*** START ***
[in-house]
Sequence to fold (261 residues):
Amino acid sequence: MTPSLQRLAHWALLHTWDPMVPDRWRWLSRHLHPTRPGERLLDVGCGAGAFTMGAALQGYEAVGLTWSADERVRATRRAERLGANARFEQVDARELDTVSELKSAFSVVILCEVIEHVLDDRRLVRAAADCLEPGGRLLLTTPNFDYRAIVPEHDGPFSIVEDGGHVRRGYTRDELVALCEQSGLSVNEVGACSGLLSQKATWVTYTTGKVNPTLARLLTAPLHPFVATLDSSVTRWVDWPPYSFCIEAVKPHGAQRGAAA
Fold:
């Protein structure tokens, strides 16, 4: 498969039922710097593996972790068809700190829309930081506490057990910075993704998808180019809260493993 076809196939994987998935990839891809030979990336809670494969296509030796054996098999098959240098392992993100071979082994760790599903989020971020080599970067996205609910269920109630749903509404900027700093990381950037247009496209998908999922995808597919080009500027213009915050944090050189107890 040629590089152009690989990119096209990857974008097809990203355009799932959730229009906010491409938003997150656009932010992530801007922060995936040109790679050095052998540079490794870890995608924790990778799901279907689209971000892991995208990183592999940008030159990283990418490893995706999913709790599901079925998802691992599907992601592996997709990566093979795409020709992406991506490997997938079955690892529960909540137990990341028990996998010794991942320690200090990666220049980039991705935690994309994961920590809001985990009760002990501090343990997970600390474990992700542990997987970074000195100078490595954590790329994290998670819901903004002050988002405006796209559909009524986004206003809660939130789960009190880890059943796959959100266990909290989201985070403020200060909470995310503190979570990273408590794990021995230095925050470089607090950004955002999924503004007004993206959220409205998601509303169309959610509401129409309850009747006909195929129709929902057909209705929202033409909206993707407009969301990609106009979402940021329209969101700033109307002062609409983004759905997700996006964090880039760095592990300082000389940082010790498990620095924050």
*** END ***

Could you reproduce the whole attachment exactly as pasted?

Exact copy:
[in-house]
Sequence to fold (261 residues):
Amino acid sequence: MTPSLQRLAHWALLHTWDPMVPDRWRWLSRHLHPTRPGERLLDVGCGAGAFTMGAALQGYEAVGLTWSADERVRATRRAERLGANARFEQVDARELDTVSELKSAFSVVILCEVIEHVLDDRRLVRAAADCLEPGGRLLLTTPNFDYRAIVPEHDGPFSIVEDGGHVRRGYTRDELVALCEQSGLSVNEVGACSGLLSQKATWVTYTTGKVNPTLARLLTAPLHPFVATLDSSVTRWVDWPPYSFCIEAVKPHGAQRGAAA
Fold:
């Protein structure tokens, strides 16, 4: 498969039922710097593996972790068809700190829309930081506490057990910075993704998808180019809260493993 076809196939994987998935990839891809030979990336809670494969296509030796054996098999098959240098392992993100071979082994760790599903989020971020080599970067996205609910269920109630749903509404900027700093990381950037247009496209998908999922995808597919080009500027213009915050944090050189107890 040629590089152009690989990119096209990857974008097809990203355009799932959730229009906010491409938003997150656009932010992530801007922060995936040109790679050095052998540079490794870890995608924790990778799901279907689209971000892991995208990183592999940008030159990283990418490893995706999913709790599901079925998802691992599907992601592996997709990566093979795409020709992406991506490997997938079955690892529960909540137990990341028990996998010794991942320690200090990666220049980039991705935690994309994961920590809001985990009760002990501090343990997970600390474990992700542990997987970074000195100078490595954590790329994290998670819901903004002050988002405006796209559909009524986004206003809660939130789960009190880890059943796959959100266990909290989201985070403020200060909470995310503190979570990273408590794990021995230095925050470089607090950004955002999924503004007004993206959220409205998601509303169309959610509401129409309850009747006909195929129709929902057909209705929202033409909206993707407009969301990609106009979402940021329209969101700033109307002062609409983004759905997700996006964090880039760095592990300082000389940082010790498990620095924050």